In a calm, comfortably furnished room that looks like someone’s living room, a patient with eyeshades on lays down on the couch. Sitting next to them, a professional dressed casually in street clothes hands them a small cup. Inside the cup is a pill. The patient takes the pill and the experimental treatment begins.
So far, apart from the setting (which is actually in a medical research facility), it sounds like your standard scenario for pharmacology research. But what happens next is anything but ordinary. The pill is synthesized psilocybin… the distilled chemical compound that is the active ingredient in magic mushrooms, a psychedelic favorite of the 60s.
The treatment is to simply lay there, under the effects of the drug, allowing the mind to travel along the pathways of what proponents call an expanded consciousness… a psychedelic trip. The guide does little other than to ensure the patient’s safety and set the tone for the experience. No active therapy is performed.
But this isn’t the 60s, either. It’s happening today in the Behavioral Pharmacology Research Unit at Johns Hopkins Bayview Medical Center and elsewhere, and it’s part of a very serious research effort into the operant effects of psychedelics in addiction treatments.<!- mfunc feat_school ->
Tripping Along The Road To Recovery For Addicts
Typically, applied behavior analysts find themselves on the other side of the table when it comes to dealing with patients on Schedule I controlled substances like psilocybin or lysergic acid diethylamide… better known as LSD, or just acid.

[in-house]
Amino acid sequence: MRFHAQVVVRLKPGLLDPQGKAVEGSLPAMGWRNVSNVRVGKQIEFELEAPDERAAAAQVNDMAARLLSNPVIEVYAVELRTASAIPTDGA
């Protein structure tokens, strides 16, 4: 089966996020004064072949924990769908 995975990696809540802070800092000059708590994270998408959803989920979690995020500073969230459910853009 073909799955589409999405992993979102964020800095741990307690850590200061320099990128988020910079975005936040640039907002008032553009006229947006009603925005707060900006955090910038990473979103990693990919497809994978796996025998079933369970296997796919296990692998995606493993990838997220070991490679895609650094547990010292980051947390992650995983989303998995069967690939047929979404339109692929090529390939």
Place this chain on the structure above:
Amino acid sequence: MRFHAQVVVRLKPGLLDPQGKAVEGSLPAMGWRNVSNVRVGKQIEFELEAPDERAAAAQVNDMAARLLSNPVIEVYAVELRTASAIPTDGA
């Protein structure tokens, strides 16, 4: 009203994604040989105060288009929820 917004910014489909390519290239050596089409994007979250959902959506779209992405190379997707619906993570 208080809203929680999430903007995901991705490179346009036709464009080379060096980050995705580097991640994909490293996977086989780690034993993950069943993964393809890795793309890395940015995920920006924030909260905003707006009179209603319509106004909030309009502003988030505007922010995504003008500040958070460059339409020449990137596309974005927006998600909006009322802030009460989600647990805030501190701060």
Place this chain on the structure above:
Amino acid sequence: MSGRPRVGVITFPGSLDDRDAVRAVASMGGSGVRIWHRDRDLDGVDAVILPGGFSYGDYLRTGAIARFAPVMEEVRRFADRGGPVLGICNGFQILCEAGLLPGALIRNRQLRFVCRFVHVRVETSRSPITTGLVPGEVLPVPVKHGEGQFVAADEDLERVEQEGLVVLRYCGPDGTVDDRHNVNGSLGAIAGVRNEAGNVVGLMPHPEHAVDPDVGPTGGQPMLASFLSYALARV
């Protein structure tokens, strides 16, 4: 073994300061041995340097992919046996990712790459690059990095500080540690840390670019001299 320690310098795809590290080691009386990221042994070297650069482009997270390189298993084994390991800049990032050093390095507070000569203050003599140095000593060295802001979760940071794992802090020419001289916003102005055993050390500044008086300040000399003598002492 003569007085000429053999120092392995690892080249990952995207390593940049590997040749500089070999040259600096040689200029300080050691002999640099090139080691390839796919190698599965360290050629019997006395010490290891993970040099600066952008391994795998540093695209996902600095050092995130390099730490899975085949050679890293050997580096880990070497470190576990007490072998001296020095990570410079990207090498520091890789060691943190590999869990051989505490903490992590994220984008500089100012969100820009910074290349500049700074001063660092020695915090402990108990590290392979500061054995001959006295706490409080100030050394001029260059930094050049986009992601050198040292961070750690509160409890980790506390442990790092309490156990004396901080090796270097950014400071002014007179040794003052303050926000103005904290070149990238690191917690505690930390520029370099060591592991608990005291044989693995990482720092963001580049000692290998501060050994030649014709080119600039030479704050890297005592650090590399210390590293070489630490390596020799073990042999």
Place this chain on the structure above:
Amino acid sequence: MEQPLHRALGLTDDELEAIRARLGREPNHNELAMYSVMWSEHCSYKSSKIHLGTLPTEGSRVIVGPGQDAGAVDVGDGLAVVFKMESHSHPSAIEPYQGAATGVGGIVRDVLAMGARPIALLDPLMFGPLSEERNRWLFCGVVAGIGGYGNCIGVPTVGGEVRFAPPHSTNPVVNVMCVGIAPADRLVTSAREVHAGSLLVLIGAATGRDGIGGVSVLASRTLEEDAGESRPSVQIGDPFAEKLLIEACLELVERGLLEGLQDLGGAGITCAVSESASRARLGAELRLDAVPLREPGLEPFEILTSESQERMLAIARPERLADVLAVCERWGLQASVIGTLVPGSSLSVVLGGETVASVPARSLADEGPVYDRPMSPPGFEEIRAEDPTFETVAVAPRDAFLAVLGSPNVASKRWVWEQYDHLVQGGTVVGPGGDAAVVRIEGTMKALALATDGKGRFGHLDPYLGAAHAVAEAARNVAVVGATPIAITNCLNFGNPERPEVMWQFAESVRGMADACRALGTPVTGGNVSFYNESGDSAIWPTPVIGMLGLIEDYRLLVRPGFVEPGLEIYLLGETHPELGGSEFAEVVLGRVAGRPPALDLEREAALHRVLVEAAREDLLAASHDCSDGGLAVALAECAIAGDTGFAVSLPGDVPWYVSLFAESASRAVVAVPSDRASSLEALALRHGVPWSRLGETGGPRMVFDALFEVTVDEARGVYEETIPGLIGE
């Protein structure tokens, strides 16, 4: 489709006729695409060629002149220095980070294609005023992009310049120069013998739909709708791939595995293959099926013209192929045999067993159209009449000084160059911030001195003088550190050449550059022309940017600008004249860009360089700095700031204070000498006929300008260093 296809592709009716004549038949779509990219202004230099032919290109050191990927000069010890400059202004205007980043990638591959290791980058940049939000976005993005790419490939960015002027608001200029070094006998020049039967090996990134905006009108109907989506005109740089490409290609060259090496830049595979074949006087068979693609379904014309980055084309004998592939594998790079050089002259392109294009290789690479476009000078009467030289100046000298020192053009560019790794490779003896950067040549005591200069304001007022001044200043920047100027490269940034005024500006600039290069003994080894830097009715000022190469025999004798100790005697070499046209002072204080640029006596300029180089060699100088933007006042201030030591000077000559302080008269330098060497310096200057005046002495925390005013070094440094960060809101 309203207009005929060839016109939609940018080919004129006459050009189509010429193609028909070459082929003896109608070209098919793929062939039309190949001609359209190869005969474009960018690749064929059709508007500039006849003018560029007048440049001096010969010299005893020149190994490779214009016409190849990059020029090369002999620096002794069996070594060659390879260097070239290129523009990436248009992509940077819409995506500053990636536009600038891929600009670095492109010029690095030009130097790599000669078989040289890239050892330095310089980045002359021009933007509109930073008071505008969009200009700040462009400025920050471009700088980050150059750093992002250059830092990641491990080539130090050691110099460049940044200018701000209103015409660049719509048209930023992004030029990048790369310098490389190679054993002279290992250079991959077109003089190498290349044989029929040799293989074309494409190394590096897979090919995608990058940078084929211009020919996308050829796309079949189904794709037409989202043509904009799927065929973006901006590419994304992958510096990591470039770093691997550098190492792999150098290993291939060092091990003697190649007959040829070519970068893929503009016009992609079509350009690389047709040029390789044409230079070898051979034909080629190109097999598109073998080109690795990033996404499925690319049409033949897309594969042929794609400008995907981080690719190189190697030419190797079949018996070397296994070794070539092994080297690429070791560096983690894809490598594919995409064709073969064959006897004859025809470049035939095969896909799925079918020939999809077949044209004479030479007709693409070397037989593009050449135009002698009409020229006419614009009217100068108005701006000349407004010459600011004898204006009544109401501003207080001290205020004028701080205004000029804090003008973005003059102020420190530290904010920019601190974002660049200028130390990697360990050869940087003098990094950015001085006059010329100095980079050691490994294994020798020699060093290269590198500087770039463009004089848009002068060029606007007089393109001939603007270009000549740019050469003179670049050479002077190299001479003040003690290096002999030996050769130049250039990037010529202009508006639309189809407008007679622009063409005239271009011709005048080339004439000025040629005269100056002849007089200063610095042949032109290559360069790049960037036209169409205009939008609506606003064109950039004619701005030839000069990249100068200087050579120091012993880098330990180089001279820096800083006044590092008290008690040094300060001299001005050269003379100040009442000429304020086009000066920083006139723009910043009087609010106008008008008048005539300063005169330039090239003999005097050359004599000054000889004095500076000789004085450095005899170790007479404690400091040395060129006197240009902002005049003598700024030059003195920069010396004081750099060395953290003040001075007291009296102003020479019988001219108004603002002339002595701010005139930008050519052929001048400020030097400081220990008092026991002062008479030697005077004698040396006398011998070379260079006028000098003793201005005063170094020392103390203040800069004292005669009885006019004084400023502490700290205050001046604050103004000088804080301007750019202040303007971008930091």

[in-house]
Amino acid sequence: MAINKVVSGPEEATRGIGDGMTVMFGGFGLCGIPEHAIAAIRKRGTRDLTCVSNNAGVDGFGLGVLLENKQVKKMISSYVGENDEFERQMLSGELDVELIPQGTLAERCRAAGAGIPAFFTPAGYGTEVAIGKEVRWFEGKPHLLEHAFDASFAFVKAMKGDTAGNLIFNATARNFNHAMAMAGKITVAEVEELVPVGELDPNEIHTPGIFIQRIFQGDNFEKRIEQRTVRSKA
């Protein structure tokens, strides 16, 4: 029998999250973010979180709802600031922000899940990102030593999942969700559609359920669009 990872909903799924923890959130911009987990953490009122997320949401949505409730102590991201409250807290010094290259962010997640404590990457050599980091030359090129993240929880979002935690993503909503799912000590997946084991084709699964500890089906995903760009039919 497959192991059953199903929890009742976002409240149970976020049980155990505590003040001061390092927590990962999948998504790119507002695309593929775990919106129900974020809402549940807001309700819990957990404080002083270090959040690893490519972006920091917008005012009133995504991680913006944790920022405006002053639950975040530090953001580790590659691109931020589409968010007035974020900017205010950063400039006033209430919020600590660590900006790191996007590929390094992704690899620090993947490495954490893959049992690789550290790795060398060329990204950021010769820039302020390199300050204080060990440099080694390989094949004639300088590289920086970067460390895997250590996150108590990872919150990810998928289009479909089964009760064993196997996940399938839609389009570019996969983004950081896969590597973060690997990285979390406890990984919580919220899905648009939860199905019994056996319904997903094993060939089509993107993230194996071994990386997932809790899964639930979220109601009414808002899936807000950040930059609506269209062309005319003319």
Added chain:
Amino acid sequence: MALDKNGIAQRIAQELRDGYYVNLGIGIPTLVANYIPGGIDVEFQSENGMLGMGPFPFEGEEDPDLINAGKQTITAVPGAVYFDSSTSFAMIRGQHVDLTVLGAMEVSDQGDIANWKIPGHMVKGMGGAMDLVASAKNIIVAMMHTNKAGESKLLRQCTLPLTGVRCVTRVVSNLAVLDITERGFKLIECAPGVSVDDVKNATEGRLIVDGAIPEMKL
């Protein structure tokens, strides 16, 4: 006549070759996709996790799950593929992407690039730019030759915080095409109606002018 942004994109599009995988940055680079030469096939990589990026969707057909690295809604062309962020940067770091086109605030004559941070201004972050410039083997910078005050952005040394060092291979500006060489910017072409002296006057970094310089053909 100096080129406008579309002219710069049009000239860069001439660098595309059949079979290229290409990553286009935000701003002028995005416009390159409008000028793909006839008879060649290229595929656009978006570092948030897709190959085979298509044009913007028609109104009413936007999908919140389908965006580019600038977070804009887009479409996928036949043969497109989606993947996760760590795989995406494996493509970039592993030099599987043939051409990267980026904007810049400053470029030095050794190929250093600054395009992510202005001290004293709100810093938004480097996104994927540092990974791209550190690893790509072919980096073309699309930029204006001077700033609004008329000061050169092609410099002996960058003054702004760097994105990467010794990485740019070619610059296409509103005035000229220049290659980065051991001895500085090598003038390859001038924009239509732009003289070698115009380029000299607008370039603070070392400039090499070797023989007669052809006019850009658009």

But psychedelics are an unusual type of illegal drug. Far from being addictive, some researchers believe they are actually anti-addictive… a property that some researchers are exploring as a way to treat more harmful narcotics typically associated with abuse and addiction.
Socially, psychedelics have been a pariah since their popular recreational adoption by the hippie movement in the 1960s and 1970s. Consequently, some modern ABAs are surprised to learn that, prior to that recreational use, there were a number of serious research efforts into the possible medical uses of psychedelics.
In fact, the most common family of modern antidepressants, the SSRIs (Selective Serotonin Re-uptake Inhibitors), were born out of research originally sparked by investigations into the neurochemical bindings of LSD.
A number of studies using psychedelics as treatments for tobacco and alcohol addiction were performed before LSD was phased out of medical studies in 1980. Although the clinical standards of the time do not match the rigorous experimental designs of today, at least one subsequent meta-study has found reliable evidence of the effectiveness of the treatments.<!- mfunc search_btn -> <!- /mfunc search_btn ->
Psychedelic Studies May Be A Perfect Fit For ABAs
It is unquestionably difficult to study the effects of psychedelics. For one thing, double blind studies are all but impossible… there is no possible placebo that can fool either observers or participants as to which drug was received.